Australia invests A$1.9bn in clean energy

  • Sep 17, 2020
  • Mining Weekly

PERTH (miningweekly.com) – The Australian government has announced a A$1.9-billion investment package into future technologies to lower emissions, support job creation and strengthen the economy.

Prime Minister Scott Morrison on Thursday announced supporting the next generation of energy technologies with an extra A$1.62-billion for the Australian Renewable Energy Agency (ARENA) to invest, as well as expanding the focus of ARENA and the Clean Energy Finance Corporation (CEFC) to back new technologies that will cut emissions in agriculture, manufacturing, industry and transport.

“Our JobMaker plan is about protecting and creating the jobs of today and positioning Australia for the jobs of the future, which is why our investment in new technologies is so crucial,” the Prime Minister said.

“Australia is in the midst of a world-leading boom in renewable energy with over A$30-billion invested since 2017. Solar panels and wind farms are now clearly commercially viable and have graduated from the need for government subsidies and the market has stepped up to invest.

“The government will now focus its efforts on the next challenge: unlocking new technologies across the economy to help drive down costs, create jobs, improve reliability and reduce emissions. This will support our traditional industries – manufacturing, agriculture, transport – while positioning our economy for the future.” Morrison said.

“These investments create jobs and they bring new technologies into play. This will not only cut emissions, but deliver the reliable energy Australia needs while driving down prices for homes and businesses.”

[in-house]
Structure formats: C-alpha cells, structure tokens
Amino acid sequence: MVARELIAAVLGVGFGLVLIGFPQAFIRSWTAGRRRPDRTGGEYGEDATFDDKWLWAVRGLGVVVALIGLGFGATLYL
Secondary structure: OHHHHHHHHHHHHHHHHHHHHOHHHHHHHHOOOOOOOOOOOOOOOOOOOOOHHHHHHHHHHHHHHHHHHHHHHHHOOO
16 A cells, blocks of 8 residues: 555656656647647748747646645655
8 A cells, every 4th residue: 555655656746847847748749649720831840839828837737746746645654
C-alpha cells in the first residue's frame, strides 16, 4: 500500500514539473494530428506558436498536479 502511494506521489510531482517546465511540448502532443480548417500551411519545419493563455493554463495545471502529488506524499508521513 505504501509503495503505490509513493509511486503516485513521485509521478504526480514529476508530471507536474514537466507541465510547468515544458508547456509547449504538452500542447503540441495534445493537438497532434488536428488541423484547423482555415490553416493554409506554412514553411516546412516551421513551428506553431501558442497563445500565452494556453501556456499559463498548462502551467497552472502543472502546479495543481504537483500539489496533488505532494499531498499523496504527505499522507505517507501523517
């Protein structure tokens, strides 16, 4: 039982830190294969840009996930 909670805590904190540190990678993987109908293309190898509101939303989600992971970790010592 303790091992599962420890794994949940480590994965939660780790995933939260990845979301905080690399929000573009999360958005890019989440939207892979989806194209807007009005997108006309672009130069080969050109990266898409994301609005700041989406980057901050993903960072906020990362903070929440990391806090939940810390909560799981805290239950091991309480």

The funding would go towards a new A$95.4-million technology co-investment fund, a A$50-million investment in the carbon capture use and storage (CCUS) development fund, and a new A$74.5-million future fuels fund, which would help business and regional communities take advantage of opportunities offered by hydrogen, electric, and bio-fueled vehicles.

The government would also spend A$17.2-million to establish hydrogen export to scale-up demand and take advantage of this energy source.

Minister for Energy and Emissions Reduction Angus Taylor said getting the next generation of energy technologies right would not only help to keep prices low and the lights on, but would importantly grow jobs, strengthen the economy and reduce emissions.

“We will reduce the cost of new and emerging technologies, not raise the cost of existing technologies or layer in new costs to consumers and businesses through mandated targets or subsidies,” Taylor said.

“The government recognises the strong growth in emerging energy technologies that will play a role in Australia’s energy mix into the future. We need to get the balance right and our investment to re-energise ARENA will deliver that.”

The Minerals Council of Australia has welcomed the investment into new low-emissions technologies as a positive step, with CEO Tania Constable saying the global transition to low emissions technologies, including solar, wind, hydrogen, batteries, gas and advanced coal with CCUS and nuclear depends on the metals and raw materials provided by the minerals sector.

“This provides great opportunities for minerals such as lithium, cobalt and copper in all forms of transport infrastructure, communications and energy systems.

“As Australia seeks to reach net zero emissions, demonstrating technologies such as Glencore’s carbon transport and storage company project in Queensland will be critical. Australia’s minerals industry strongly supports a policy framework where all low emission technologies are able to compete on a level playing field.

“This approach will encourage technology-driven and high abatement opportunities, especially in sectors where emissions reduction is more challenging,” Constable said.

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